If ever there were so few doing so much for so many, look at farmers. As their numbers decrease, the demand for food and agricultural products increases.

The United States has 3.2 million farmers (operating 2.1 million farms per the 2012 Census of Agriculture). That is less than 10 percent of the U.S. population of more than 323 million.

And the number of farmers is declining. A new Census of Agriculture in 2017 is nearly certain to show fewer farmers and farms.

Some important facts:

• The average age of the principal operator on U.S. farms in 2012 stood at more than 58 years. That is eight years older than in 1982.

• The number of female farmers in 2012 declined by 6 percent from 2007.

• The number of new farmers having been on their current operation less than 10 years was down 20 percent in 2012 from 2007.

Some say technology has contributed to the shrinking agricultural numbers and that fewer farmers are needed. No question, technology on today’s farms is a key player. Modern-day equipment is high tech, with fewer people required to work the farms.

But technology comes with a cost. The equipment is high dollar, requiring farmers to make huge investments while they bank on unpredictable weather and up-and-down markets to determine their fate from year to year.

Fewer people are willing to venture into agriculture as witnessed by the numbers of children of farmers seeking other careers. And farming is nearly impossible as a career option for someone not in a farm family or having ownership or access to significant land. The investment alone is prohibitive.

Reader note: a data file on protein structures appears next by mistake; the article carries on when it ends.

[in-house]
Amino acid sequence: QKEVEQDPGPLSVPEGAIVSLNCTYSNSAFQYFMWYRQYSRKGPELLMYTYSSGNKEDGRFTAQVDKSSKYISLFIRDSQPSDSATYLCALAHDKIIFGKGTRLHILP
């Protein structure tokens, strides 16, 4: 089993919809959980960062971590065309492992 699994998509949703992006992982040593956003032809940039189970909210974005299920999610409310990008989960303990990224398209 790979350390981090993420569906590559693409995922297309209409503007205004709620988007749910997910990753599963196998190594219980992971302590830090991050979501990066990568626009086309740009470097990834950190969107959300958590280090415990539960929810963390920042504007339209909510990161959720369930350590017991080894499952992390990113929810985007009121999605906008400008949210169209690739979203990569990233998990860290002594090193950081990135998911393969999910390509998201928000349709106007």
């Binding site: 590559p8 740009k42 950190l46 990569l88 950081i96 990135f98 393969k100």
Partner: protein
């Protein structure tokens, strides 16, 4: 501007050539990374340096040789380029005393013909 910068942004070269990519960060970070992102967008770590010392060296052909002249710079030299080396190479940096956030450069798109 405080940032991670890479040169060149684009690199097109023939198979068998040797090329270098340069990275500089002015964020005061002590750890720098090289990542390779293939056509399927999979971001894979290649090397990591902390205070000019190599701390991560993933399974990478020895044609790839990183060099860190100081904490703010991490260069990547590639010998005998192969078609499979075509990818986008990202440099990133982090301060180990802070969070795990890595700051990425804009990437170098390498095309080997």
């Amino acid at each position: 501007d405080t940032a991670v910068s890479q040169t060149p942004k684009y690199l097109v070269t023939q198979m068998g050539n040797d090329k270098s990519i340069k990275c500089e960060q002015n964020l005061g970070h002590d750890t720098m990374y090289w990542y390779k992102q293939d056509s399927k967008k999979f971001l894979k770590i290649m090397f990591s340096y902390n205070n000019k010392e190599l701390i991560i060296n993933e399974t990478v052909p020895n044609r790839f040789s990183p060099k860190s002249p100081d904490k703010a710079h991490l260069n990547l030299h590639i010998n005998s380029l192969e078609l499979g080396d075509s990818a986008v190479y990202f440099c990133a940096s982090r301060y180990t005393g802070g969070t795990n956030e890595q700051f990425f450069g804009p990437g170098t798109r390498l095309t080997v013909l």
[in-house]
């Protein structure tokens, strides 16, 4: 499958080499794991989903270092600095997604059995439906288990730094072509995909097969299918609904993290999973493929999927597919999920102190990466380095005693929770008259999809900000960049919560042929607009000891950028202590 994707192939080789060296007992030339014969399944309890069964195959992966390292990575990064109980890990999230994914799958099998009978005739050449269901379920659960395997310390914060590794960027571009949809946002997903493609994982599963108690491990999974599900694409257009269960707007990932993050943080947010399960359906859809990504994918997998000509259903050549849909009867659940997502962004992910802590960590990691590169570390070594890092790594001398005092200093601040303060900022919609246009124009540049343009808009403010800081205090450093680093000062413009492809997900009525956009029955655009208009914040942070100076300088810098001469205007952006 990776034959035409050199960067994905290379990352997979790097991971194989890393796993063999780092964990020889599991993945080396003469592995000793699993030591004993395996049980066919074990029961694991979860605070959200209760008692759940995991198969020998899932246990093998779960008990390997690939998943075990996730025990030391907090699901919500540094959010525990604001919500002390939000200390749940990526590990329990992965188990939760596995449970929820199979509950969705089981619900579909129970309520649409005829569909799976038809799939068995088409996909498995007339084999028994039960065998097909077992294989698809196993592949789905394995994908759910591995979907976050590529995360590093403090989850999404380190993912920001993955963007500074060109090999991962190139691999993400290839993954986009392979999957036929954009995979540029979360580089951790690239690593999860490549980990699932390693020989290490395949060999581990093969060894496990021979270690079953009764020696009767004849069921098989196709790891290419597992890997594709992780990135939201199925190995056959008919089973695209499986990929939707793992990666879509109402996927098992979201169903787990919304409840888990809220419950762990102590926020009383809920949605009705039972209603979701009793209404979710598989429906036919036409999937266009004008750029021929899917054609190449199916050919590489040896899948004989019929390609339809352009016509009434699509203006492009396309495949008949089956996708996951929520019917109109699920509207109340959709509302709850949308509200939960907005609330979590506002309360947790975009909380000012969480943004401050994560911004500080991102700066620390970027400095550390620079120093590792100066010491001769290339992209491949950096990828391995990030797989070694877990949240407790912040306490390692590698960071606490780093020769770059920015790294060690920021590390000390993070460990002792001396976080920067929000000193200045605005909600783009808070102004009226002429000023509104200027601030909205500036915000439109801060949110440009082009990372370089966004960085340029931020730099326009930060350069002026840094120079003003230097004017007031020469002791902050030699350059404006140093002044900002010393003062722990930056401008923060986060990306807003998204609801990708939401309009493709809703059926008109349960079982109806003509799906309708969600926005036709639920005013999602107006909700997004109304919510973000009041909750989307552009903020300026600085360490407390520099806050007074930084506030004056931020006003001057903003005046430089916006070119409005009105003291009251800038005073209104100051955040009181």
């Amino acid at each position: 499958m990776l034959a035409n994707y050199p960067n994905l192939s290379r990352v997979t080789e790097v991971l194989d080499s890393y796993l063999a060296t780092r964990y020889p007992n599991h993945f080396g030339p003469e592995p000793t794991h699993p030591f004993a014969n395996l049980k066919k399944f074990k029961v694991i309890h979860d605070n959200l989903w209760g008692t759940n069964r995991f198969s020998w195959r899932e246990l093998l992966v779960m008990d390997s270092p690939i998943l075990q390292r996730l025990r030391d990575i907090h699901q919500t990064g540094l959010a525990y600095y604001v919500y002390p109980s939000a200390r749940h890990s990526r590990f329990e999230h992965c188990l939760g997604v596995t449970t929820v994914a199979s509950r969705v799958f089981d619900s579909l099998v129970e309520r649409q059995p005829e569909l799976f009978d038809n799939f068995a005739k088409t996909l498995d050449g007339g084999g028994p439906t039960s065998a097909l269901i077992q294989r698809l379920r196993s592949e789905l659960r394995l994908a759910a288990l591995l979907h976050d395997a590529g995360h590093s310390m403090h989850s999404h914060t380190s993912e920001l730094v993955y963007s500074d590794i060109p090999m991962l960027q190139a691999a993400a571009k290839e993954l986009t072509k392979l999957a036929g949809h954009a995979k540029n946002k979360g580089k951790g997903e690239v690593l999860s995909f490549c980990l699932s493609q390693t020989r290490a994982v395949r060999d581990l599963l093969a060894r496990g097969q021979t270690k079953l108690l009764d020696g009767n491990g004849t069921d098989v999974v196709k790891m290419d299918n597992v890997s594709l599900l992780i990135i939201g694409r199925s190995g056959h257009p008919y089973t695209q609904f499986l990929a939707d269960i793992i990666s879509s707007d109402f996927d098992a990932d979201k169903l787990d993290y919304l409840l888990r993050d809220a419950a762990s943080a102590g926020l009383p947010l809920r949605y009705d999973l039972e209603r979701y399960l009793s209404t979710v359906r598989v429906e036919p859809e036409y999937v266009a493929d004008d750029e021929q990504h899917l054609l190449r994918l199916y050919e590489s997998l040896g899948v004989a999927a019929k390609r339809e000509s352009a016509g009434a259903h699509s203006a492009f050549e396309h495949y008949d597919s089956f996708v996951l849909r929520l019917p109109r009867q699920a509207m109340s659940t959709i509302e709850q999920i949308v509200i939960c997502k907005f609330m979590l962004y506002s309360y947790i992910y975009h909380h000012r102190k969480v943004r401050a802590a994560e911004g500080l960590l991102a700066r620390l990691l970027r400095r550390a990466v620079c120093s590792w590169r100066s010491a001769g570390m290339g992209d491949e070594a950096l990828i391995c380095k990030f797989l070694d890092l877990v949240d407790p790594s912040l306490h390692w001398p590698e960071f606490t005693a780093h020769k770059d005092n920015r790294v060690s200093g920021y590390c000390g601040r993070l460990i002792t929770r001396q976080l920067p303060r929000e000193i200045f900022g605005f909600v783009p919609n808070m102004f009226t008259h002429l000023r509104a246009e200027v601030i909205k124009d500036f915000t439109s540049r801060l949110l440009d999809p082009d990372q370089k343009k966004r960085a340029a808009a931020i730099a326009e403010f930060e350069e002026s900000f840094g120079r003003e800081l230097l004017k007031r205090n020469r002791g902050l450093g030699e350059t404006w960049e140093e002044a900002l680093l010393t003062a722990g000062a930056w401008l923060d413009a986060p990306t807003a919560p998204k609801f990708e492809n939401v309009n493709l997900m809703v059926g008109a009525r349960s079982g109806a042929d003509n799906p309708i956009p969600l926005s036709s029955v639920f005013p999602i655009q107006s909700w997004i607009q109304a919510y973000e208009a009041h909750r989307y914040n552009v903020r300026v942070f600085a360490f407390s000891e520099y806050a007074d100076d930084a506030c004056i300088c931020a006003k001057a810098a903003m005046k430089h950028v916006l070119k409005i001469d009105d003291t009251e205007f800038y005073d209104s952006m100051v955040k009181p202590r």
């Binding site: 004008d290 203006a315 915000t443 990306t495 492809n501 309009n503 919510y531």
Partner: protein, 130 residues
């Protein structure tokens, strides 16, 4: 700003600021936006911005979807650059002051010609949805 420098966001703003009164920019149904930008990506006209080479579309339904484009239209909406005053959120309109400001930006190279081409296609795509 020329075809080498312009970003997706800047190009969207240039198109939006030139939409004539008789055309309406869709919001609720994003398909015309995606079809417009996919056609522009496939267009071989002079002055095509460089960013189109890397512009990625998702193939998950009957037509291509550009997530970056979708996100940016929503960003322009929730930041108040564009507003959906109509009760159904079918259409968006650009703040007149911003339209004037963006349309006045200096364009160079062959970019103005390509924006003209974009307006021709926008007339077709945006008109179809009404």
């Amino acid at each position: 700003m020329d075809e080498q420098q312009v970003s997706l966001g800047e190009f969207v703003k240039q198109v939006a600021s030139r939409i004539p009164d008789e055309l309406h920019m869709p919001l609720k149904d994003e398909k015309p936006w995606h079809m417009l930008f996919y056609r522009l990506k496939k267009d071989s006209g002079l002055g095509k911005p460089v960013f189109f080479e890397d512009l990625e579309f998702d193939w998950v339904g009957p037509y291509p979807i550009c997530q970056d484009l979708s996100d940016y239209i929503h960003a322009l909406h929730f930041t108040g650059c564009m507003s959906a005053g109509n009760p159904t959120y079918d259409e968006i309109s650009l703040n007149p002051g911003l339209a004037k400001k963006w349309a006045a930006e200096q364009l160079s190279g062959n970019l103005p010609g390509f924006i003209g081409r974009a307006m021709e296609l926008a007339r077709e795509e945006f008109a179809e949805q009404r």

But farming is not without a future. Our nation must eat, and farmers are the suppliers. They will survive – and must prosper in the process.

Nowhere is the future of agriculture any more important than The T&D Region. Orangeburg, Calhoun and Bamberg counties are key producers in nearly every aspect of agriculture in South Carolina.

Some statistics:

• Orangeburg County has 1,056 farms with an average size of 268 acres. The total land farmed is 283,128 acres. The county ranks first in total receipts for crops and livestock in the state.

• Calhoun County has 412 farms with an average size of 287 acres. The total land farmed is 118,382 acres. Calhoun County ranks 16th in total receipts for crops and livestock in the state.

• Bamberg County has 315 farms with an average size of 294 acres. The total land farmed is 92,524 acres. Bamberg County ranks 28th in total receipts for crops and livestock in the state.

The numbers are significant, but there is so much more to the stories of farmers than statistics. In The Times and Democrat’s special section today, “Farming 2017,” Staff Writer Gene Zaleski puts you in touch with the region’s farmers.

They battled back from the disasters of flooding and a hurricane in 2015 and 2016.

They hope that a bountiful year for major crops in 2017 will mean a good year for them despite low commodity prices.

They lament the future of their farms if children or associates do not take up the farming mantel.

And they leave you to read between the lines that many of them would choose no other life and career.

Too many people – even in a rural location such as The T&D Region – know little about farming. Take a trip through the pages of today’s special section. You’ll find it interesting, informative – and a lesson in appreciation for the few feeding so many.

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